Our connection to our own Family remains our greatest treasure, and our greatest challenge.
Whether you choose to embrace this modern culture, and follow the values of material success, or you choose to rebel against it, and follow seemingly new values, you will almost certainly enact the same story: fleeing to another city, or even another country, in pursuit of the ghost of these values, abandoning your connection to family and your birthplace.
Why do we all seem in such agreement, that we modern people value Family least of all things? That we consider it an inconvenience, a hindrance to our goals, whether counter-cultural or not? We regard the opinions and attention of Family almost as we would an annoying mosquito.
And yet to this day, we can find people who have a much different opinion of Family, and who would die to protect it. Why?
Family holds all wealth, all health, all wholeness, and all holiness. A connection to a grass-skirted lake as a mothering being, reflects our relationship with our human mother. A connection to a windswept mountain slope as a fathering being, reflects our relationship with our human father. While on the hunt, to call a brown-eyed doe your sister, means you must look to your relationship with your human sister for guidance. If we see the life all around us as our relatives, then how did we first experience this, but in the embrace of Family?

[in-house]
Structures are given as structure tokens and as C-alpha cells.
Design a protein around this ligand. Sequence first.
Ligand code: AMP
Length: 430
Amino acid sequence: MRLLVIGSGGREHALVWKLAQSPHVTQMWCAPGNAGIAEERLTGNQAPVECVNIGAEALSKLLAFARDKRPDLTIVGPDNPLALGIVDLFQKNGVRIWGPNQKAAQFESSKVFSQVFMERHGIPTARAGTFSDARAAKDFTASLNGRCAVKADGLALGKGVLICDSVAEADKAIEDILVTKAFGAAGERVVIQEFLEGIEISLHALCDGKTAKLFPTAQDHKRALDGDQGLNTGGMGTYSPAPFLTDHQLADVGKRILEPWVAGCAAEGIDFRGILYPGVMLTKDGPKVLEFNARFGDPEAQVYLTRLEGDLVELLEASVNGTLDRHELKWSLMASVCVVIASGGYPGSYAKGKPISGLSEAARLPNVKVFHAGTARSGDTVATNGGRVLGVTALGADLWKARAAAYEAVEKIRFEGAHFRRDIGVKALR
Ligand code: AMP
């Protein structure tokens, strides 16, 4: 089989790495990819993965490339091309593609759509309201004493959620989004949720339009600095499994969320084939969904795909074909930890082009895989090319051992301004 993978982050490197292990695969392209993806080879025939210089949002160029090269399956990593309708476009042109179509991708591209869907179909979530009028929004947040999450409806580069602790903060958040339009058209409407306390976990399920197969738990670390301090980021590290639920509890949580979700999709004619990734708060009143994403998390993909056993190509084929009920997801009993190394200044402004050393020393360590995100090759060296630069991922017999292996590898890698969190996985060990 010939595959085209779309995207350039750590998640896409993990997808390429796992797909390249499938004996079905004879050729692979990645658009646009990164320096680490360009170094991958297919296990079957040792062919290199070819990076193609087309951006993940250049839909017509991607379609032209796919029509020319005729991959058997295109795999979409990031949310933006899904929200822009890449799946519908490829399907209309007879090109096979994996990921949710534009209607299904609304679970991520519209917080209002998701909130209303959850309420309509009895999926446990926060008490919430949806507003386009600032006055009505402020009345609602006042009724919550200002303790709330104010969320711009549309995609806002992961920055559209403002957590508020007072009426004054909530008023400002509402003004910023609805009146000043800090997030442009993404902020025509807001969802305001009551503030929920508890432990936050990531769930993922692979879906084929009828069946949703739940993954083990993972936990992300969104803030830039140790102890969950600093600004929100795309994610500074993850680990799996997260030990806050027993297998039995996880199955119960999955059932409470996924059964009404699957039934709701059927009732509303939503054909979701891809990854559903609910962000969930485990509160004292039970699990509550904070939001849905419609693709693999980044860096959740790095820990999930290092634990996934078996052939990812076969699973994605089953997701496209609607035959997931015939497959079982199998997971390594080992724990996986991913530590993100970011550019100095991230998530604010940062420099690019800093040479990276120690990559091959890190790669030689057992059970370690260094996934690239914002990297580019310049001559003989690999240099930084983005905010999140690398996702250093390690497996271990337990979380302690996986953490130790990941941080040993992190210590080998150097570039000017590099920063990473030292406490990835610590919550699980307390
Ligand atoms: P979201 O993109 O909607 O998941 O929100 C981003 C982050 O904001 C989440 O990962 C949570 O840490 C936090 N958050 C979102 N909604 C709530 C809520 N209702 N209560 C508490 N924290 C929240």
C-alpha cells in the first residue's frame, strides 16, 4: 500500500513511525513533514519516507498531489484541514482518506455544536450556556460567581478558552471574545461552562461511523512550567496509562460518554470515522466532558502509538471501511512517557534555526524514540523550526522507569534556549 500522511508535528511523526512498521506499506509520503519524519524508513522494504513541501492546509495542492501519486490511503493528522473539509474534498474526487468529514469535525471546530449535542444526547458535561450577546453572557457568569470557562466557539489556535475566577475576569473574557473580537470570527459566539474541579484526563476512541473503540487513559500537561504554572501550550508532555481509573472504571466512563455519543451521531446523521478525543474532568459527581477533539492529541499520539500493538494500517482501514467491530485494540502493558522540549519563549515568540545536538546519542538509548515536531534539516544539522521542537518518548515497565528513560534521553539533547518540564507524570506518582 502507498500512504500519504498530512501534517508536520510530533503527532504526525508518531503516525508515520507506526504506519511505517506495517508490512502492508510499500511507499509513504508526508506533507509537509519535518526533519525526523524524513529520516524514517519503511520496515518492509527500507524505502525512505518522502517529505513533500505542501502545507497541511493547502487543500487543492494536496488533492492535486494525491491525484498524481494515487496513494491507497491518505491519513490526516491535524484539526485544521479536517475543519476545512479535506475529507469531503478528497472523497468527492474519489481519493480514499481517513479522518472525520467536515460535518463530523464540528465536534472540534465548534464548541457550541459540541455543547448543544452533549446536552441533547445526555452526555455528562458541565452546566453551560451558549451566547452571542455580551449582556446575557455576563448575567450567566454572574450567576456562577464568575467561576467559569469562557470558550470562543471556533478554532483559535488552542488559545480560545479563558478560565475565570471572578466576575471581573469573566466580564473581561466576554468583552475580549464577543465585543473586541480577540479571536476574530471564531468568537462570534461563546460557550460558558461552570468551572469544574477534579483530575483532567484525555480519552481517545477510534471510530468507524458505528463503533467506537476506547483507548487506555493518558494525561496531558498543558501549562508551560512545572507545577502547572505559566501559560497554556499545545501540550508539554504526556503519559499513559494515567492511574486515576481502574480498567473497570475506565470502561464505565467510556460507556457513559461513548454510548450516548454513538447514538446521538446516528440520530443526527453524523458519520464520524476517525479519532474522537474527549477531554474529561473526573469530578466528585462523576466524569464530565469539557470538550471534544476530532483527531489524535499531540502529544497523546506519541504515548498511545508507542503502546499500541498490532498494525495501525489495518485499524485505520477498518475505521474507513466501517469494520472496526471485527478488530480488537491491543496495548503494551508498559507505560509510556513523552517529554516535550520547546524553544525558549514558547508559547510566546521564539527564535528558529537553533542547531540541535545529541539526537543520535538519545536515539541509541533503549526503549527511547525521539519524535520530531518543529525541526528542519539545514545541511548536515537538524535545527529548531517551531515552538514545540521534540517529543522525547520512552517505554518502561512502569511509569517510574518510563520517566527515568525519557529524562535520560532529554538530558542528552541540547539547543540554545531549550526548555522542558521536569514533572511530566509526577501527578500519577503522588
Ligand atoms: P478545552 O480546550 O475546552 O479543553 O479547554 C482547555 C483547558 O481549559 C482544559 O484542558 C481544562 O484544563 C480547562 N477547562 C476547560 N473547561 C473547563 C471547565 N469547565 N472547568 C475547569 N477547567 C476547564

And if we have left them far behind, how can we possibly embrace them anew?
Our Family tests our human skills, more than any other environment. Our ability to listen, to empathize, to forgive, to give and receive gifts, we practice these most deeply and truly with those who gave us life and walked beside us as we matured.
The care freely offered by Family comes very expensive when we seek others to provide it. Nurses, storytellers, teachers, mentors, cooks, Family filled all these roles and many more. Now that many of us have abandoned our families, we must find substitutes, often toxic ones. In the end, what can substitute for love and feeling known? Not the finest meal in the best restaurant, nor the most skilled storyteller, nor the most expert teacher. We seek family-for-hire so often it has become a way of life.
Once we begin the work of healing our tattered Family bonds, and see the first fruits of it, only then do we truly discover what it means to live in the vast community of Life, and see the kinship in all things.